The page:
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I'm a total dilettante in topology, thus, my apologies for this question. Wikipedia writes that:

"...each point of an n-dimensional manifold has a neighborhood that is homeomorphic to the Euclidean space of dimension n."

As I understand, a homeomorphism is a sort of isomorphism between topological spaces. So, the neighbourhood must be a topological space. What this space is (i.e. its open sets, or base)?

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    $\begingroup$ A topology on a set $X$ is a special kind of collection of some or all of the subsets of $X$....When $t$ is a subset of the domain of a function $f,$ we write $f[t]=\{f(x): x\in t\}$.... If $T_X$ is a topology on $X$ and if $T_Y$ is a topology on $Y$ then a homeomorphism from $(X,T_X)$ to $(Y,T_Y)$ is a bijection $f:X\to Y$ such that $\{f[t]:t\in T_X\}=T_Y.$ $\endgroup$ Feb 1, 2020 at 10:10

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A neighborhood is an open set, i.e. a subset of your space (manifold). Thus, the topology on this subset should be the subset topology induced by the manifold. That is so say, it is a topological space with the topology induced by your whole space (manifold).

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If $(X,\tau)$ is a topological space and $Y\subseteq X$, there is a natural way to put a topology on $Y$ which "comes from" $\tau$: namely, we let $$\tau[Y]=\{U\cap Y: U\in\tau\}.$$ This is called the subspace topology on $Y$, and in this way all subsets of (the set of points of) a topological space can be viewed as topological spaces themselves in a "canonical" way.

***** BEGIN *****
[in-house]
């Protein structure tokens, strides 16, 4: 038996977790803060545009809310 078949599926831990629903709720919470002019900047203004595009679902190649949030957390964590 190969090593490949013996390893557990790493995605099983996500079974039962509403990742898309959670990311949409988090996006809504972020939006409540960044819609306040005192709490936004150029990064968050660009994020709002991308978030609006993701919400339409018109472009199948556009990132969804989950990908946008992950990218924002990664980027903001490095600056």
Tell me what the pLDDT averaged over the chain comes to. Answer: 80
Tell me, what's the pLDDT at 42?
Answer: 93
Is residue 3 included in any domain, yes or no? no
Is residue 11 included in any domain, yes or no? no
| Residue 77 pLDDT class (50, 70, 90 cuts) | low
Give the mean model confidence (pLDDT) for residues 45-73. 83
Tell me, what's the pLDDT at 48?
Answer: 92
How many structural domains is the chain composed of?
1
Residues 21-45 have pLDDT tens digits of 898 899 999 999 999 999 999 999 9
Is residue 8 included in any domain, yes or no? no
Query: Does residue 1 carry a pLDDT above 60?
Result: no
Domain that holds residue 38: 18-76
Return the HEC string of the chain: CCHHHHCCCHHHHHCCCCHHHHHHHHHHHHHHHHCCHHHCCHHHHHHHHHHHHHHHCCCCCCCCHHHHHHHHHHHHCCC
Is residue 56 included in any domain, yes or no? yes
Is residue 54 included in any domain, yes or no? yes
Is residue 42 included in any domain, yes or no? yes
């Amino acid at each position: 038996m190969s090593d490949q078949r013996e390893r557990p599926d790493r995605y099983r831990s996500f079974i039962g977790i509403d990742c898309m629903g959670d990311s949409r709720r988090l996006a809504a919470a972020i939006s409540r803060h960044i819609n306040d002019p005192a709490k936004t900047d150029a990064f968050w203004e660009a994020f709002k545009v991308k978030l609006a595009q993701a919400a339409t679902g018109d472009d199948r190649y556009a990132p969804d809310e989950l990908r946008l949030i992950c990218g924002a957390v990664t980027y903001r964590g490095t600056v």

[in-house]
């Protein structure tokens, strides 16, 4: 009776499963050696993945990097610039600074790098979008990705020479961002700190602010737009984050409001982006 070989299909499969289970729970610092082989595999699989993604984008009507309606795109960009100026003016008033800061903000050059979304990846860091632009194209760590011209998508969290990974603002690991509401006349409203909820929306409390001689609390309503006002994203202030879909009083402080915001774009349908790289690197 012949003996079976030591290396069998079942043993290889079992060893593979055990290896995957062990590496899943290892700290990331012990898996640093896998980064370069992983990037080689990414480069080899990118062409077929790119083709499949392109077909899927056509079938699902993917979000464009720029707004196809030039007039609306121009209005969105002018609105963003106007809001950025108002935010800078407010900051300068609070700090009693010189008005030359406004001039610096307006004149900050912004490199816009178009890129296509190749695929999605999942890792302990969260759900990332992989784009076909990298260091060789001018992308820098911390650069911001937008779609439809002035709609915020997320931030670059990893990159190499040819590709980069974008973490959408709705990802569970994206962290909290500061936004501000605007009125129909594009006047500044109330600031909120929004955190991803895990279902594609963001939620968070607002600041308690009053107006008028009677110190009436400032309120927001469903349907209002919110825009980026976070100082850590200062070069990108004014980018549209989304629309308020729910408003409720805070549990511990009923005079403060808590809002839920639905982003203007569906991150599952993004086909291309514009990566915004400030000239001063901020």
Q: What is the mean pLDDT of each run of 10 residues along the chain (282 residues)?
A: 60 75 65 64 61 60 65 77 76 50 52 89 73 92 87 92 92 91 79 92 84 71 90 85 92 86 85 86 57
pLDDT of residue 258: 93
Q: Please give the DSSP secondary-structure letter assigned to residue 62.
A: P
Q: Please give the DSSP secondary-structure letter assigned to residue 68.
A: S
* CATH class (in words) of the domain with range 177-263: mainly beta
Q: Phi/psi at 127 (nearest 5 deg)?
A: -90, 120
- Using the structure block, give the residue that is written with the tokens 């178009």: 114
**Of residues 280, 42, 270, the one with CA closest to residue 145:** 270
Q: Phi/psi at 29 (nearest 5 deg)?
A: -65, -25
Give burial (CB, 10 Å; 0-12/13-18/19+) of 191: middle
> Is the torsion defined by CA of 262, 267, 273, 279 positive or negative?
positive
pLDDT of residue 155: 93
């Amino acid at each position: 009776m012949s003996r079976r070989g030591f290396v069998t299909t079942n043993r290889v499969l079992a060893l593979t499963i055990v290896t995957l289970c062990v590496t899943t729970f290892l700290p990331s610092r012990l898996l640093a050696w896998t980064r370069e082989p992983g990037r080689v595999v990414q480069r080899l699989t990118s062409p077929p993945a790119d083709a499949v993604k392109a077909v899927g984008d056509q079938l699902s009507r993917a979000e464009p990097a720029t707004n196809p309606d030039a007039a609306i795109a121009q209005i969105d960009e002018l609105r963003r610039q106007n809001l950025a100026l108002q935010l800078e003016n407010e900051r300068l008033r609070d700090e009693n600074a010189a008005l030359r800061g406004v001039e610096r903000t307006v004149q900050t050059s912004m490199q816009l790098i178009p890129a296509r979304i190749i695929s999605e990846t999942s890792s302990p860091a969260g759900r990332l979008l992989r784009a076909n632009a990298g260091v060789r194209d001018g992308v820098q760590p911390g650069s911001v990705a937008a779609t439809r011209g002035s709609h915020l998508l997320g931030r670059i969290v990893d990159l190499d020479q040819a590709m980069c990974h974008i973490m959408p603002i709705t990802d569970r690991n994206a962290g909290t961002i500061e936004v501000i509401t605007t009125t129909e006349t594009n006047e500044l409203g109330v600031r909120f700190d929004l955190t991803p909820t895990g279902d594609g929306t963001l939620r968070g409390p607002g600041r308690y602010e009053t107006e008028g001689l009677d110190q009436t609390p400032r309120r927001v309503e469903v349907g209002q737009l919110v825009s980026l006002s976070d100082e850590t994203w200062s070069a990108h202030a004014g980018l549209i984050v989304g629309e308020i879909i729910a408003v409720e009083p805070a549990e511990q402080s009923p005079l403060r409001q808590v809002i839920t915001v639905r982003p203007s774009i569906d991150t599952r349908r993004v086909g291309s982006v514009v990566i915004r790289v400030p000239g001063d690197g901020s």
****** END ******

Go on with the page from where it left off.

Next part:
There are a few points worth making:

  • This works for any $Y\subseteq X$, not just the closed, open, or otherwise "nice" subsets.

  • The subspace $(Y,\tau[Y])$ may be very different from the original space $(X,\tau)$. A standard set of exercises is to check how various properties are or are not retained: if $(X,\tau)$ is Hausdorff, must $(Y,\tau[Y])$ also be Hausdorff? If $(X,\tau)$ is compact, must $(Y,\tau[Y])$ also be compact? And so forth.

  • Note that the subspace topology is not given by the set of open-in-the-original-sense subsets of $Y$: $\{U: U\subseteq Y, U\in \tau\}$ is very different from $\{U\cap Y: U\in\tau\}$, and indeed the former won't be a topology in general (it isn't guaranteed to contain $Y$ itself).


A good exercise about the subspace topology is to check that if we take $\mathbb{R}^2$ with the usual topology, the subspace topology on the $x$-axis is homeomorphic to the usual topology on $\mathbb{R}$. More generally, subspace topologies tend to be pretty easy to visualize; they more-or-less comport with our expectations (compare with product and quotient topologies, which have more subtleties early on).

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  • $\begingroup$ thanks - I need this answer $\endgroup$ Feb 1, 2020 at 3:43

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